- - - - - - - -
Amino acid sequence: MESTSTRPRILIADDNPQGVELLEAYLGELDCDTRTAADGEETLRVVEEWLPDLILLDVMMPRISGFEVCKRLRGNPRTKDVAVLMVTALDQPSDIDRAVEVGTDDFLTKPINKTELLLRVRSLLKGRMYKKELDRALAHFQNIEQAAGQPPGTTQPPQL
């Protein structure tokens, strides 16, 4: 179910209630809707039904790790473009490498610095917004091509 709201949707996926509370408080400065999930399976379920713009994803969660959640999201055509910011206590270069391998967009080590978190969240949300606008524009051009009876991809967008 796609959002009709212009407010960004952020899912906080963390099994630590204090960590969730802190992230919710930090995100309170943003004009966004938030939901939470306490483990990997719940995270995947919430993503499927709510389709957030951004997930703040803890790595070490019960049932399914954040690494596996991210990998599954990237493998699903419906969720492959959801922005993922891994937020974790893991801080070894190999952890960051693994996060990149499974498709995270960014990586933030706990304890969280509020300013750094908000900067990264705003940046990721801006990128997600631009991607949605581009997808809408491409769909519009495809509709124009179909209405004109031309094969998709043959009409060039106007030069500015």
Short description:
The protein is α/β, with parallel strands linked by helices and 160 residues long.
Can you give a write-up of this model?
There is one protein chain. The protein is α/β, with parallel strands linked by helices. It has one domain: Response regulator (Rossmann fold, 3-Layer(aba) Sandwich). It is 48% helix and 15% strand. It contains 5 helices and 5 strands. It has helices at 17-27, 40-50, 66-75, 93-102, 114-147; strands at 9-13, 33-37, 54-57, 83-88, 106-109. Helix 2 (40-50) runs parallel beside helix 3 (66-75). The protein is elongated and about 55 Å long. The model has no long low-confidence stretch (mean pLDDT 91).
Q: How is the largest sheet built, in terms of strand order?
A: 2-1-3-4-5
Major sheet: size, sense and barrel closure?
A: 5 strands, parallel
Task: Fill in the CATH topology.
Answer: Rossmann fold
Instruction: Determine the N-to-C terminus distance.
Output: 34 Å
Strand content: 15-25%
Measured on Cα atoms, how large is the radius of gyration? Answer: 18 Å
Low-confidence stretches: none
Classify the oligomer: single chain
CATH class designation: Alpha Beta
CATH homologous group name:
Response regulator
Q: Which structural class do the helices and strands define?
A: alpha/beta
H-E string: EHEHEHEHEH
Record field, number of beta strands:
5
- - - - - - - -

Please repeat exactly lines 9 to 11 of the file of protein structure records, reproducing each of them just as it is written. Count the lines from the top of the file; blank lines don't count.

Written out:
Major sheet: size, sense and barrel closure?
A: 5 strands, parallel
Task: Fill in the CATH topology.